Maps of the island and village can be obtained from the tourist office near the port and there are plenty of car hire places in the village. A relaxing stroll through town in the evening is a pleasant way to end the day.

Along the shoreline are two natural swimming areas located between the black rocks. Ladders and concrete platforms have been built making it easier for people to get in and out of the water. Despite the warm weather, we didn’t venture in (after a few years in the tropics this was just a little too cool for us!).

Saturday football

Walking up a zig-zag road high on the hill is a small church with excellent views of Velas and Pico in the distance.  Further west a half hour walk to the football field where on a Saturday the locals were out in force, supporting their teams, cooking chicken on a BBQ and enjoying the day with family and friends. Back in town there is a large well-stocked supermarket where you can buy just about anything you may have forgotten in Horta.

Locals lined up for a feast of fish, potato and wine for the Festival of St John the Baptist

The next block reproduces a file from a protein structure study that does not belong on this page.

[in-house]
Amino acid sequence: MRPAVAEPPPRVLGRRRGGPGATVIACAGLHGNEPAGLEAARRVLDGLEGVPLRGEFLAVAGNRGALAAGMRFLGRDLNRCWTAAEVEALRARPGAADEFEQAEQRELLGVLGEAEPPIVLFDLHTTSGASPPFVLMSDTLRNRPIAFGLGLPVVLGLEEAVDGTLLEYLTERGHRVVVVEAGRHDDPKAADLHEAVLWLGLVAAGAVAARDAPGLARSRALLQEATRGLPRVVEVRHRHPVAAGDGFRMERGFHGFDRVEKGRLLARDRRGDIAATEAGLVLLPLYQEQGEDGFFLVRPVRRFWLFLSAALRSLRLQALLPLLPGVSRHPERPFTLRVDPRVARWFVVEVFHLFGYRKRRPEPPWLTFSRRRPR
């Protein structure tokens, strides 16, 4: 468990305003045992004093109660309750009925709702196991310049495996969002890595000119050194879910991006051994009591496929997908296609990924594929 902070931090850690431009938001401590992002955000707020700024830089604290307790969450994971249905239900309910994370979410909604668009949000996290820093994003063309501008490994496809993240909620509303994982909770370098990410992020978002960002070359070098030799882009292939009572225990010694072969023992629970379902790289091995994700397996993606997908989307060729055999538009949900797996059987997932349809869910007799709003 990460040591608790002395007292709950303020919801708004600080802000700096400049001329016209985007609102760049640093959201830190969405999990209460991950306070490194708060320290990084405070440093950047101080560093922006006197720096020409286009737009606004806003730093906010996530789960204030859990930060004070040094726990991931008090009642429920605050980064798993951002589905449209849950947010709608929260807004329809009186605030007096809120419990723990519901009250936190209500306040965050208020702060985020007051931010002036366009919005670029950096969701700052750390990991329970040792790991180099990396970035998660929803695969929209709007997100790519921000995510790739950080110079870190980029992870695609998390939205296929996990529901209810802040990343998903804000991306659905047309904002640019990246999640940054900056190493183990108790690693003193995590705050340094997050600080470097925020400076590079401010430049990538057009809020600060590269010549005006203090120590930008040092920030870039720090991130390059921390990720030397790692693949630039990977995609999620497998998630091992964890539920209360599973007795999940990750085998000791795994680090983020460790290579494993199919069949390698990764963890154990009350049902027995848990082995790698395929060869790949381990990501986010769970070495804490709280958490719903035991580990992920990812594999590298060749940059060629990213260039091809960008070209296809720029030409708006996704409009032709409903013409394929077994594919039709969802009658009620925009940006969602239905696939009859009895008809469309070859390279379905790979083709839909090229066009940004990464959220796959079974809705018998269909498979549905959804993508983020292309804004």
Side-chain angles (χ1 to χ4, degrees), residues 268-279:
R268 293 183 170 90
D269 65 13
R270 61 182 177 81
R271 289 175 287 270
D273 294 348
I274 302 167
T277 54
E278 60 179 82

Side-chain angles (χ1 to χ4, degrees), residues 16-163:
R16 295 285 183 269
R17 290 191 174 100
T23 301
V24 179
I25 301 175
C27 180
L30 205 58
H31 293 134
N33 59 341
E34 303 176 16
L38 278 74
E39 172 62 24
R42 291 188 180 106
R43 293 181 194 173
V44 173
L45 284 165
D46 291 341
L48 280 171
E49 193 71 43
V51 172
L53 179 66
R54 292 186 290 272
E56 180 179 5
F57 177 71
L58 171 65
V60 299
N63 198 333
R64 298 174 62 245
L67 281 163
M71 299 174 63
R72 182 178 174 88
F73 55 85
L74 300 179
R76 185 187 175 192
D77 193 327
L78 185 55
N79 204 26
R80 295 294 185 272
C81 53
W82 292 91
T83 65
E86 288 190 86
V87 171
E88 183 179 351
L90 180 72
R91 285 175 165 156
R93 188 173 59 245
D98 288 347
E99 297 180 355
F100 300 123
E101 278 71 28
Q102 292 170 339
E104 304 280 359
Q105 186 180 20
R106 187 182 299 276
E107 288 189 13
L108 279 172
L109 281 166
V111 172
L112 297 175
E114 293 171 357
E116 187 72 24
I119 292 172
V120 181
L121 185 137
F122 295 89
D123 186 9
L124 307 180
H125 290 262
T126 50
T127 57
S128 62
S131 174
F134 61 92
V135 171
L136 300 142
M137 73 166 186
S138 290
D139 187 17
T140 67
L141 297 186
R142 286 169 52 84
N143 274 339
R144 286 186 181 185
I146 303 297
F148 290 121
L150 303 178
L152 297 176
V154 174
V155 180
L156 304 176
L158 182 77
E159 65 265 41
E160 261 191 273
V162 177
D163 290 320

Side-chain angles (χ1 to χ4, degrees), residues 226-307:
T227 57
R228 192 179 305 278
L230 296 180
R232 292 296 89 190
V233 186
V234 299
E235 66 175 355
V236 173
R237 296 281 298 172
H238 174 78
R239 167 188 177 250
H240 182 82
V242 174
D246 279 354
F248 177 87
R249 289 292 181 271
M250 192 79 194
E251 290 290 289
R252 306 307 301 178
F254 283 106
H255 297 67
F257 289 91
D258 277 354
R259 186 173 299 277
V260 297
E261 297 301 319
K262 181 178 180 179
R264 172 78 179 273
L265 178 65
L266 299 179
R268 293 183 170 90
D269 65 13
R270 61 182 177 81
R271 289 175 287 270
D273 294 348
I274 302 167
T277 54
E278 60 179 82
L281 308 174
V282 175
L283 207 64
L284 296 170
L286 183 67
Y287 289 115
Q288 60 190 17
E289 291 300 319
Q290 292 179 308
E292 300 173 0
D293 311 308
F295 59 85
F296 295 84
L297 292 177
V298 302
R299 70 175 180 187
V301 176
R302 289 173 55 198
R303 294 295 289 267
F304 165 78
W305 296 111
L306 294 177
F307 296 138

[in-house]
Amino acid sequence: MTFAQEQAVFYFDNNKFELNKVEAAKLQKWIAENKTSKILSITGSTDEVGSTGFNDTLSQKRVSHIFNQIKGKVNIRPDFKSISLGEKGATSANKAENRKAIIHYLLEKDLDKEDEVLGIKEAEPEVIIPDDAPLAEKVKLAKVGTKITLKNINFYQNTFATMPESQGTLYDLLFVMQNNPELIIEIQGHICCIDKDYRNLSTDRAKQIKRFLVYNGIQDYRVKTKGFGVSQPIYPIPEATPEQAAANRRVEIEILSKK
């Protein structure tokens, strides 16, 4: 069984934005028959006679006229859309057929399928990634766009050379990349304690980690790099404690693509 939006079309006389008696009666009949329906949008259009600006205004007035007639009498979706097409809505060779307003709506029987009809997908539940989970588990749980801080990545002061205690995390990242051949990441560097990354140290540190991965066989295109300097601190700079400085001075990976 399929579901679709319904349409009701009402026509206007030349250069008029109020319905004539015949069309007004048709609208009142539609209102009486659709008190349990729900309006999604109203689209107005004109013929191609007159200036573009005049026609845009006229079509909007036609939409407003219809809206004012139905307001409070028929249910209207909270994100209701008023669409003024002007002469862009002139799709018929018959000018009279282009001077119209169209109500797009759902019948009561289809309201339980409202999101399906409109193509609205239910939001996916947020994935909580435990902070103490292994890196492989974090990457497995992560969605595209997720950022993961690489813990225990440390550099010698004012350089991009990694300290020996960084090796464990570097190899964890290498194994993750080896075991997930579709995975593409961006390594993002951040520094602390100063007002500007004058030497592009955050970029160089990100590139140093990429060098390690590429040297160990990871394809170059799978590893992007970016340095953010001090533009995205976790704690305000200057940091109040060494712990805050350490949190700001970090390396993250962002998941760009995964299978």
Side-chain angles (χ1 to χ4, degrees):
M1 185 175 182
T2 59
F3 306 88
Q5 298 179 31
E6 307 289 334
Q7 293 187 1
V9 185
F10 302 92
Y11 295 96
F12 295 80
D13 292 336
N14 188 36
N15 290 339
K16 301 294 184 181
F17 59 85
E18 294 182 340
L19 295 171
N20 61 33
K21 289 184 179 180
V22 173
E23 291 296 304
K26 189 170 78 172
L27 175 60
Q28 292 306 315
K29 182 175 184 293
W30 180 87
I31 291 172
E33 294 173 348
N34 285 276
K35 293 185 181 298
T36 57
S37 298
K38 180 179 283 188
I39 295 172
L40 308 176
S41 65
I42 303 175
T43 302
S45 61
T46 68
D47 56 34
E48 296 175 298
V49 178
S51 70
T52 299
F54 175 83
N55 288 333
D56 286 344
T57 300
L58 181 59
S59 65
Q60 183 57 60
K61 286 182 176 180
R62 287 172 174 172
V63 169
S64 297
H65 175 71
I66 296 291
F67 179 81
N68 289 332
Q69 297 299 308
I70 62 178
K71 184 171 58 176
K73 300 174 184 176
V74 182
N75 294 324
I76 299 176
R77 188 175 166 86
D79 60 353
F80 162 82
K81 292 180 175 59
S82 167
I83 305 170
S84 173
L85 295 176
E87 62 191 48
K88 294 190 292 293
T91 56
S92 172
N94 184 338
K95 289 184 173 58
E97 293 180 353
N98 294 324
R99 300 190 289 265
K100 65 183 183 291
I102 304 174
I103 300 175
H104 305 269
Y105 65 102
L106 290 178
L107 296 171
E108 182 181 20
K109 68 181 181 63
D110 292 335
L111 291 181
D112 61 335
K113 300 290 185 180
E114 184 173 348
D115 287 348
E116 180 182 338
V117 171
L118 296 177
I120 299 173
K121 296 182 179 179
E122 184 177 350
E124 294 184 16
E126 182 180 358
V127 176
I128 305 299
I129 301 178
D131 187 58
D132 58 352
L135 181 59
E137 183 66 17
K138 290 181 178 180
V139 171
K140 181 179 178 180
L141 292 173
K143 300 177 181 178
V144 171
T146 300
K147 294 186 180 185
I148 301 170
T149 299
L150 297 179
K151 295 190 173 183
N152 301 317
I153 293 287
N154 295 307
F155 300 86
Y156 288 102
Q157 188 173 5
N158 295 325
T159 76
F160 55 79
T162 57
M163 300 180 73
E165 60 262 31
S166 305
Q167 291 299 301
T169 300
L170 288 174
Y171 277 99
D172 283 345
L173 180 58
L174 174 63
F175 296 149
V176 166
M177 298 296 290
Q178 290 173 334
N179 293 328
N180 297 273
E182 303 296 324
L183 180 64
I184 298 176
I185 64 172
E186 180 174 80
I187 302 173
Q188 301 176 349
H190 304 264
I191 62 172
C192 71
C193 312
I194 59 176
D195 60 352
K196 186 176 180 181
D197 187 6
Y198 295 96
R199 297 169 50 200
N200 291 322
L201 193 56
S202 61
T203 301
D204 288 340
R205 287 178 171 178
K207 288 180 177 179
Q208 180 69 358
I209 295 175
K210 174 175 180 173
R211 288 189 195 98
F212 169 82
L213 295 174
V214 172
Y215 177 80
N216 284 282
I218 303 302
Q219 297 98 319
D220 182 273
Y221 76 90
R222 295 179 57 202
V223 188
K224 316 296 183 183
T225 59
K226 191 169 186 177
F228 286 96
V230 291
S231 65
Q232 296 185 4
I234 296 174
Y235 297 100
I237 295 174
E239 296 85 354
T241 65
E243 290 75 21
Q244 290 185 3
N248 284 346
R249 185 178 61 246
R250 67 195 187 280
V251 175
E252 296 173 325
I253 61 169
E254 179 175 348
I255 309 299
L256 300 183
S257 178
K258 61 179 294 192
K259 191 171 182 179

During our visit the village celebrated the Festas de São João (Saint John the Baptist). On Friday night the locals queued up for a feast of fish, potatoes and local wine, with more street festivities taking place on the Saturday night with fireworks, dancing and music.

Cheese from São Jorge is the mainstay of their economy, apparently producing over 1800 tonnes of cheese per year. Also supporting the economy are a few unassuming souvenir stores which sell hand-made bags, tea-towels, and local ornaments, many of cows or cow-bells.

The basalt and mortar houses in the village have the same black and white look as the Holstein-Friese cattle, don’t you think?

One of the delights of staying at the marina is the strange bird-calls from the Shearwaters once the sun goes down.  The sound is quite strange – when we first heard it in Horta we thought it was someone’s funny phone tune!

Now Inishnee and Inish have joined us at the marina and maybe we’ll see Coruisk at Terceira next week.